Once everything has been recorded, before you start mixing, do you edit the audio? Do you fix things? Do you think it’s cheating? Do you think it’s stupid NOT to do it? I’m going to give you my take on it, but be sure to let me know your opinion in the comments section below.
What is Editing?
An audio editor is much like a book editor. He takes the original audio file and adds or removes bits and pieces to make it better.
An audio editor at a radio station will take a spoken-word commercial that’s 34 seconds long and trim it down until it fits into a 30-second spot. A book editor will read the manuscript and suggest that certain parts be taken out…or certain parts be stretched out.
With regard to music production and recording, editing involves any changes made to the audio between the recording phase and the mixing phase. This can involve normalizing audio files, correcting timing issues, removing unwanted sections, or even changing the actual performance itself.
Editing is not just a digital thing. Back in the “analog days,” engineers would regularly cut and splice tape between two different takes.
Is it cheating?
One could argue that the musician’s performance should remain untouched. If the performance wasn’t perfect, that’s okay. That’s reality. That’s how the musician really sounds.
Others like to take a good performance and “touch it up” here and there to make it even better. A prime example? AutoTune.
Some people rant and rave against AutoTune. They write things in the liner notes like “AutoTune was not used anywhere on the album.” Others swear by AutoTune.
First, let me make a point here. You should be recording good musicians. No amount of editing tools or software or magic voodoo will make a crappy musician sound good. Let’s just assume we’re talking about good musicians and good performances.
So…is it cheating to take a good performance and try to improve it? Is it wrong to “pocket” the drums so they’re a bit tighter and more in sync with the click track? Is it wrong to pocket the bass, making it “lock in” with the kick drum? Guitars? Keys? Background vocals?
I can’t tell you if it’s cheating or not. But let me tell you what I think.
I’m creating a product.
When I’m working on a recording project, the end result (most likely) is a finished CD or album. I’m producing something that’s going to have my name on it. I want it to sound as good as possible. That’s why I work with good musicians.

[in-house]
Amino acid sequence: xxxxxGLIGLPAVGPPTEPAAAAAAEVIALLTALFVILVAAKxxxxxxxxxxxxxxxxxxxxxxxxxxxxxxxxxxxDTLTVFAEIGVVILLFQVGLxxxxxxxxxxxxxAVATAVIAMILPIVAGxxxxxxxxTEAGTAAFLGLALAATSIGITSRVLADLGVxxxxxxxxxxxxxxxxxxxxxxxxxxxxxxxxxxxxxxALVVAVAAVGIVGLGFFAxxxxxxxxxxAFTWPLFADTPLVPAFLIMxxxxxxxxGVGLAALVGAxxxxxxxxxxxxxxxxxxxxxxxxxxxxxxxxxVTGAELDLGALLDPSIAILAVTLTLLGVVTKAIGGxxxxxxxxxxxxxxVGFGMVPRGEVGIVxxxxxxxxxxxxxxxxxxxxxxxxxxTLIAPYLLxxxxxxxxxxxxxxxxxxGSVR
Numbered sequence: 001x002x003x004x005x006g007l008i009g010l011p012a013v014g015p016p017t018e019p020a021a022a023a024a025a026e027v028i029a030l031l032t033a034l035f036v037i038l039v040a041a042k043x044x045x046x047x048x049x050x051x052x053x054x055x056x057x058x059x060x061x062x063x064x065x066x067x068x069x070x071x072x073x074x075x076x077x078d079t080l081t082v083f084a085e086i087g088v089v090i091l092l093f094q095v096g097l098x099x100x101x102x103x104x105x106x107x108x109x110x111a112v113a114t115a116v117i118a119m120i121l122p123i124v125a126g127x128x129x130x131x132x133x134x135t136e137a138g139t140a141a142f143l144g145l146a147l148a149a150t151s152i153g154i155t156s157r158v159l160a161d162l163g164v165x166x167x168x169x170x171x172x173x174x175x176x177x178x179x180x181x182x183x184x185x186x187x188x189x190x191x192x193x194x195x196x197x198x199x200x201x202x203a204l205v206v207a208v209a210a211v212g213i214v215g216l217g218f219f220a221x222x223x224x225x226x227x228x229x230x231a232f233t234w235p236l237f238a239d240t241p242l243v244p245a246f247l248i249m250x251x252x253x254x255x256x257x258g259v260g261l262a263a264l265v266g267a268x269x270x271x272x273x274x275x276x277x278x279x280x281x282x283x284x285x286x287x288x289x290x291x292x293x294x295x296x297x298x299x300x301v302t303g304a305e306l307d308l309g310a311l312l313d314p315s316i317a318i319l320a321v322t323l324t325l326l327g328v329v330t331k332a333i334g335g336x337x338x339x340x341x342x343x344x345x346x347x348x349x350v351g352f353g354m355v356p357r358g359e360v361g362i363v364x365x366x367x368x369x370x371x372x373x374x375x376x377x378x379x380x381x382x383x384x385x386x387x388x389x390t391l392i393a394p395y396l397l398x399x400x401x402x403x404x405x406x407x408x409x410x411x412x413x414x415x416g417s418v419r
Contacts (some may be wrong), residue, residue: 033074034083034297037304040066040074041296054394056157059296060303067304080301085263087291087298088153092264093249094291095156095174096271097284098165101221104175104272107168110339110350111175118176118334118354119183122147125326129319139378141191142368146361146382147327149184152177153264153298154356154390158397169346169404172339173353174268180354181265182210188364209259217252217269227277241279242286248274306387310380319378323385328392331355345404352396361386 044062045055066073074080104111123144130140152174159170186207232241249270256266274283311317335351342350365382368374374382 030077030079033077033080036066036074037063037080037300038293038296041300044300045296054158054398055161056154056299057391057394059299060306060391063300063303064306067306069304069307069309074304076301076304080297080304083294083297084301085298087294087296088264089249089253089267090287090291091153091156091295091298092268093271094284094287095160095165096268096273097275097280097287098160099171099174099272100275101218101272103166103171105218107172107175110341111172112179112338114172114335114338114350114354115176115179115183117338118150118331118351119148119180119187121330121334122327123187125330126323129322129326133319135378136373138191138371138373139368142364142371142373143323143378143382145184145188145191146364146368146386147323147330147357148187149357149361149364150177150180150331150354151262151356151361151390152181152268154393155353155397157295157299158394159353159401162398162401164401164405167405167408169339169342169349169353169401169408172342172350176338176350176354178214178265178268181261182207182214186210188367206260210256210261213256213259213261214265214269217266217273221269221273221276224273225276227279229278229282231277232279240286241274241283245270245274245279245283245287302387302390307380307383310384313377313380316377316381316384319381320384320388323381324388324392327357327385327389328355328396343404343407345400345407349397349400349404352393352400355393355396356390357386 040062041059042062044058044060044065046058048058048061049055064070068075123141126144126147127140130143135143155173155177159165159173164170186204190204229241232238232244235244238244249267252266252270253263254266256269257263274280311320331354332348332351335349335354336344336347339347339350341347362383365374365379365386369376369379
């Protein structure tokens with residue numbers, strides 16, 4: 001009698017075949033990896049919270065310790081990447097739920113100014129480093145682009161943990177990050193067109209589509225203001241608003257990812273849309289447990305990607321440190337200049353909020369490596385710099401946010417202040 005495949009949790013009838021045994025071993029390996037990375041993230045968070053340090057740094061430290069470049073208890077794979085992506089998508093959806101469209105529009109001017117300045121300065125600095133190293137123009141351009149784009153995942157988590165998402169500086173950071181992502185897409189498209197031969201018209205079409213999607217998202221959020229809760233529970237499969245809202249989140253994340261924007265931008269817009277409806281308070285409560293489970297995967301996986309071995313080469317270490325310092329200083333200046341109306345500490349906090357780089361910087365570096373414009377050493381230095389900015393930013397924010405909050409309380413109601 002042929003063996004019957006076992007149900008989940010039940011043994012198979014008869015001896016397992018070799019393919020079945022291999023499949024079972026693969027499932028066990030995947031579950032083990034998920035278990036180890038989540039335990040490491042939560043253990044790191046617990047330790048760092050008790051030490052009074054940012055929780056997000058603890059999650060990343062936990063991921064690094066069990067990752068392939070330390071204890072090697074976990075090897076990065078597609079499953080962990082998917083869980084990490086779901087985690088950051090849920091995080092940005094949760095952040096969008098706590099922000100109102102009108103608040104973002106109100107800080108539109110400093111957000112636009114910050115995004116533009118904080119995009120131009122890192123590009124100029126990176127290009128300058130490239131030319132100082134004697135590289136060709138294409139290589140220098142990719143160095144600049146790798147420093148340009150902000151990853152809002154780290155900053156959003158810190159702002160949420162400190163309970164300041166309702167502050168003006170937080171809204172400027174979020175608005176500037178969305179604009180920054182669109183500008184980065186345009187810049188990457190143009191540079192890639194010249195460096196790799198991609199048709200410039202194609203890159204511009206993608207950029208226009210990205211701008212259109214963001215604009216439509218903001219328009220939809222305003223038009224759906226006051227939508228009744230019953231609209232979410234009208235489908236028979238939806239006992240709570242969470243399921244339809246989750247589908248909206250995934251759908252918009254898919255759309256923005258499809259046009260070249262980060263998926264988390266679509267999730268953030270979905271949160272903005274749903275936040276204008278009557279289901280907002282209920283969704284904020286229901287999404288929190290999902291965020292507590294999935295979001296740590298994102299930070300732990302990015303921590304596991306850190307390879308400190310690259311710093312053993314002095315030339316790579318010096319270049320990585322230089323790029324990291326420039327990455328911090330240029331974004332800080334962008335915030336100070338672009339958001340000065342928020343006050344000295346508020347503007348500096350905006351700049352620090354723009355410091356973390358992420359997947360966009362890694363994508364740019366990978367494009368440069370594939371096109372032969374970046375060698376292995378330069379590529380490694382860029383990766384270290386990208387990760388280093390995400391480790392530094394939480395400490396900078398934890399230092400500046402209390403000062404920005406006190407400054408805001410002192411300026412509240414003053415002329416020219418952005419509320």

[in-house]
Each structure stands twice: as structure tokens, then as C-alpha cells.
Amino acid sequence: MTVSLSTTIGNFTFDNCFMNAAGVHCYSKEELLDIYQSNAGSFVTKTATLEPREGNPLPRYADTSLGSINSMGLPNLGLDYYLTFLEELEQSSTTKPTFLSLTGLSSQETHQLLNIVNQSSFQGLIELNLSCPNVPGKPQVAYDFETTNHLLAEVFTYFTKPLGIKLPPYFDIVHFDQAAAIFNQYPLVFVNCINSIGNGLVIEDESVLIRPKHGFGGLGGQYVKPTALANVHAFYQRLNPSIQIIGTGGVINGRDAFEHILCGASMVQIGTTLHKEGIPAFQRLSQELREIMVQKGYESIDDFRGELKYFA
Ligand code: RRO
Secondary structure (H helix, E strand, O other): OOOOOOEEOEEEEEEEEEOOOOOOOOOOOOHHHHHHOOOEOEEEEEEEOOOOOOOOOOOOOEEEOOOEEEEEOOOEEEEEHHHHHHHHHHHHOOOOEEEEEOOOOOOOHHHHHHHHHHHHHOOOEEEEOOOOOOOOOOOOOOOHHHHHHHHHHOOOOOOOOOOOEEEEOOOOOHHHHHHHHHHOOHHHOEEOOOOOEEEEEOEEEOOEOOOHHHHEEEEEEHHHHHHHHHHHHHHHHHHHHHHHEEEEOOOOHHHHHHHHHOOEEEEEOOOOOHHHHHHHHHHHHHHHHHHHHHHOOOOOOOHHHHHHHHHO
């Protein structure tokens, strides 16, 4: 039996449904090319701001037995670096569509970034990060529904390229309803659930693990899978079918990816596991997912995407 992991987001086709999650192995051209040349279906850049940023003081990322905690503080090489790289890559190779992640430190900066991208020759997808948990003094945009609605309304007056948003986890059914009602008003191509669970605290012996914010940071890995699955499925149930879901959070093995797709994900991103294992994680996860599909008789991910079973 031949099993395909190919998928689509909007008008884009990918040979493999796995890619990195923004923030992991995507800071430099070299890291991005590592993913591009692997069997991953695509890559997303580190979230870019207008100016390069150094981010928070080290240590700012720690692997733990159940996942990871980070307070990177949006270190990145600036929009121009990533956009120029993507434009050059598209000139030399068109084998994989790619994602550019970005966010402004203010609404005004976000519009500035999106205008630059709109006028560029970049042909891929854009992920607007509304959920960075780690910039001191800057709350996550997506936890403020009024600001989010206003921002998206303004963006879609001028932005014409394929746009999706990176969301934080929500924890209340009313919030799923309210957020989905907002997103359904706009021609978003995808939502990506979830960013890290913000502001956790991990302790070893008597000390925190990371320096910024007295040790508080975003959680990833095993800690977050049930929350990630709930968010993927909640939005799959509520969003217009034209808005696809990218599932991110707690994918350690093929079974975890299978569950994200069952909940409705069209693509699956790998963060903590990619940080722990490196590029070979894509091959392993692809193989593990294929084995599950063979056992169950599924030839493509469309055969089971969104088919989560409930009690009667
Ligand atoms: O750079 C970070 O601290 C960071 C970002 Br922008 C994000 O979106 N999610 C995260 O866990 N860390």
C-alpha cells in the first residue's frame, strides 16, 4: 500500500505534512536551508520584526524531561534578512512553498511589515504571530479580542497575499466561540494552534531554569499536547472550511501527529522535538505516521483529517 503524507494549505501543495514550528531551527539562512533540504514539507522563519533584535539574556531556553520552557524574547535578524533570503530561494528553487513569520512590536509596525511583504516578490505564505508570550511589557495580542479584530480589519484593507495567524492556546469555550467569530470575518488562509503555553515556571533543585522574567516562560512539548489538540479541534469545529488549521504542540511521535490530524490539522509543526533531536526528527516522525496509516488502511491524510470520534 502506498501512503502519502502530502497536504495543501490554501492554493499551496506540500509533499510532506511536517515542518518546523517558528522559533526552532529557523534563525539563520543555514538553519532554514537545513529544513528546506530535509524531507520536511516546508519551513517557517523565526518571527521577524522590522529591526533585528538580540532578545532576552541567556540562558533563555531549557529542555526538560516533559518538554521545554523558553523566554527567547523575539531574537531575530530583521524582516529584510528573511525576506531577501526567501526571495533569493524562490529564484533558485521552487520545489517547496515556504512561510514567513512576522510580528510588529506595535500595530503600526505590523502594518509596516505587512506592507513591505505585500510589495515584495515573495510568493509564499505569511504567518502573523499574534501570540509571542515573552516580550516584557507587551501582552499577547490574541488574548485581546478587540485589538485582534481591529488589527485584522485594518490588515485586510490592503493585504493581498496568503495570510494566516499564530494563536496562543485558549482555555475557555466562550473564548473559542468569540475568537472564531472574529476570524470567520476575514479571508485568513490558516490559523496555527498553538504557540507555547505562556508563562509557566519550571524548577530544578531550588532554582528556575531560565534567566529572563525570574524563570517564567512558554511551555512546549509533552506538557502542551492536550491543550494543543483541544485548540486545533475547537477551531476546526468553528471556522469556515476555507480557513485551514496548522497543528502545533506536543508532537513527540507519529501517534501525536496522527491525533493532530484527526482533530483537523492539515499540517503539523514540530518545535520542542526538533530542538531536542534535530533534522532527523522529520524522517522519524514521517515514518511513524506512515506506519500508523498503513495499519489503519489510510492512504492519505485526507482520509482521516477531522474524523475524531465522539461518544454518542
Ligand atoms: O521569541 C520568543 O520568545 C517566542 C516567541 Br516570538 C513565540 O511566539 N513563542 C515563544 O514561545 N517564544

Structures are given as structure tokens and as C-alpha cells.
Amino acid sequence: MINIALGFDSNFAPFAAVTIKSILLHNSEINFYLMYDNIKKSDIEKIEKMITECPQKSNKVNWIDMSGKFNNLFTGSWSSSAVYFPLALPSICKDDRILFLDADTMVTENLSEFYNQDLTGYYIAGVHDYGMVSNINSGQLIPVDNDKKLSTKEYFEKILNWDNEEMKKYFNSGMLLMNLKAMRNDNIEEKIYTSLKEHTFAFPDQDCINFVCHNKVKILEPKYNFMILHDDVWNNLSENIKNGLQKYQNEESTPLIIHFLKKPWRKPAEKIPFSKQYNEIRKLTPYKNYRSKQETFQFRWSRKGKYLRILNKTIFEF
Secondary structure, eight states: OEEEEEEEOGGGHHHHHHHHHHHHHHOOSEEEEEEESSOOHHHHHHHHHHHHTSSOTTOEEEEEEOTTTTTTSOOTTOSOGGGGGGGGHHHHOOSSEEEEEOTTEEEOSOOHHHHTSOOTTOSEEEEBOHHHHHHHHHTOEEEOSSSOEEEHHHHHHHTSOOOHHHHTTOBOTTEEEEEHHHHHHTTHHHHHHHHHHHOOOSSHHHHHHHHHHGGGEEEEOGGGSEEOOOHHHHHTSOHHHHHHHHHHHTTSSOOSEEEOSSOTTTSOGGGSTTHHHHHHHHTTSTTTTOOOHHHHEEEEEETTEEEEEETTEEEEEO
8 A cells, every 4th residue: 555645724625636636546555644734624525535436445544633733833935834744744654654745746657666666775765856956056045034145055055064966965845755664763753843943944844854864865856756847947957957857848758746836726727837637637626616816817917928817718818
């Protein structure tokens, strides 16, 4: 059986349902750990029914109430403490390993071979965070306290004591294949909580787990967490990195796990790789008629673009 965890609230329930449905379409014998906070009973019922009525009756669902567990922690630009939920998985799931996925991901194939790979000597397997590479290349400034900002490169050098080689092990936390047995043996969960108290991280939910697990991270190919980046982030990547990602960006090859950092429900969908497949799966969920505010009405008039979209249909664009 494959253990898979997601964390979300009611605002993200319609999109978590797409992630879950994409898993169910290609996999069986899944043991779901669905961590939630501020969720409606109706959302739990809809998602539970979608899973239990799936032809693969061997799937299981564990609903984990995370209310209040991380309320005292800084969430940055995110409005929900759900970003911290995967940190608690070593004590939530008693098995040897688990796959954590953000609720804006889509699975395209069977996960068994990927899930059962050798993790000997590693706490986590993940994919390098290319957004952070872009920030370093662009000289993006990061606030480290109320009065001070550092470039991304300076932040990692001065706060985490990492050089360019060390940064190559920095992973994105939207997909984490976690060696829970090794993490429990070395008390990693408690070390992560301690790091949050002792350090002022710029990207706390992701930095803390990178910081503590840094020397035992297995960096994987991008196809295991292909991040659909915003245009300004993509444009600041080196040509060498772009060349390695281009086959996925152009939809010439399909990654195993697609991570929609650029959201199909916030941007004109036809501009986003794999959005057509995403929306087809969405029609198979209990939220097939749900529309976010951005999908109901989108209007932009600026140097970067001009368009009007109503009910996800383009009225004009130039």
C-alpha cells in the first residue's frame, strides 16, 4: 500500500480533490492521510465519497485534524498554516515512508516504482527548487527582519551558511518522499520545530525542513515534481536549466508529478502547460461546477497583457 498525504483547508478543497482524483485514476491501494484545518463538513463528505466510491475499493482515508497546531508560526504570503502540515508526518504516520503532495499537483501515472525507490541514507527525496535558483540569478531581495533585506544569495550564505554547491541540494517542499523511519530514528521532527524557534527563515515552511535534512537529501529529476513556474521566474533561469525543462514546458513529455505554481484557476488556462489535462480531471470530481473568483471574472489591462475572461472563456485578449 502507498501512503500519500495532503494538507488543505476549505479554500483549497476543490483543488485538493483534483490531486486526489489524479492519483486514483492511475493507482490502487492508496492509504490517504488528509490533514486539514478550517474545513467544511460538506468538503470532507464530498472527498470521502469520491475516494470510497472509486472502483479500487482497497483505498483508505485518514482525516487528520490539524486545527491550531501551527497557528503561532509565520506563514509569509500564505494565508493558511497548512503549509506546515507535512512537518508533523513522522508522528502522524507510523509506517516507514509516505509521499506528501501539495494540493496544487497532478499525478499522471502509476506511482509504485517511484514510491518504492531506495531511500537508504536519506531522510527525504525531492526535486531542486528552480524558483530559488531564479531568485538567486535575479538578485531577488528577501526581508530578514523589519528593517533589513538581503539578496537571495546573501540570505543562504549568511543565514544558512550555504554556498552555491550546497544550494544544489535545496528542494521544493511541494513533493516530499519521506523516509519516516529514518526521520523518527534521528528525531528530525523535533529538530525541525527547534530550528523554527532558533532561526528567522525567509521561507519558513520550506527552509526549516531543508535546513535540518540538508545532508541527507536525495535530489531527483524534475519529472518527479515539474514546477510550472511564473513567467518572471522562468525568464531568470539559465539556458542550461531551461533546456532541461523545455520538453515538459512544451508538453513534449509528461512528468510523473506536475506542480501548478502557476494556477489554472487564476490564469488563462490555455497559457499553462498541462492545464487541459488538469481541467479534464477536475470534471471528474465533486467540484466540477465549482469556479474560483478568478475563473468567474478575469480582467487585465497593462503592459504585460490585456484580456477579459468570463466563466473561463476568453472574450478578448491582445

However, what if there are mistakes in the audio? What if the bass comes in a little too soon in a few spots?
Well, I ask myself, what would be best for the song? Would it sound better if the bass was playing WITH the kick drum rather than a few milliseconds BEFORE?
My answer? Yes.
What’s best for the song? That’s what I ask myself. What will make this product I’m creating sound its best?
In my opinion, all these editing tools are just that…tools. Just like in any other industry, I use the tools I have at my disposal to make the best product I can. That means I almost always pocket the drums, then the bass, then the guitars and other rhythm instruments.
Even an amazing performance can stand a little tweaking here and there. I’m not talking about changing the performance entirely. I’m simply trying to enhance the performance. Chances are every change I make is EXACTLY what the musician was trying to do, but didn’t.
At a live show, the band can be REALLY tight, and it sounds great. On a recording however, the little sloppy parts are MUCH more noticeable…so I fix them.
So…like I said, I’m creating a product. I’d much rather listen to a song that sounds amazing and doesn’t have any distracting parts. It doesn’t have to be perfect, and you should never overdo any editing. You’re simply allowing the song to be the focus, rather than the individual components. Again…it’s all about the song.
Come Back Tomorrow
Perhaps you’re still not sold. Or maybe you’d just like to hear exactly what I’m talking about. I’ll be posting some audio examples tomorrow, and you can decide for yourself.
HSC Production Club Update
Editing is one of the topics I cover in depth in the HSC Production Club. I’ll be accepting new members next week, then the doors will close again for 12 weeks. If you’ve been wanting to join, or if you don’t know much about the Production Club, you can check it out here and sign up to the interest list. It’s a 12-week training course where I walk you through the recording process from start to finish. It’s a blast. More to come soon.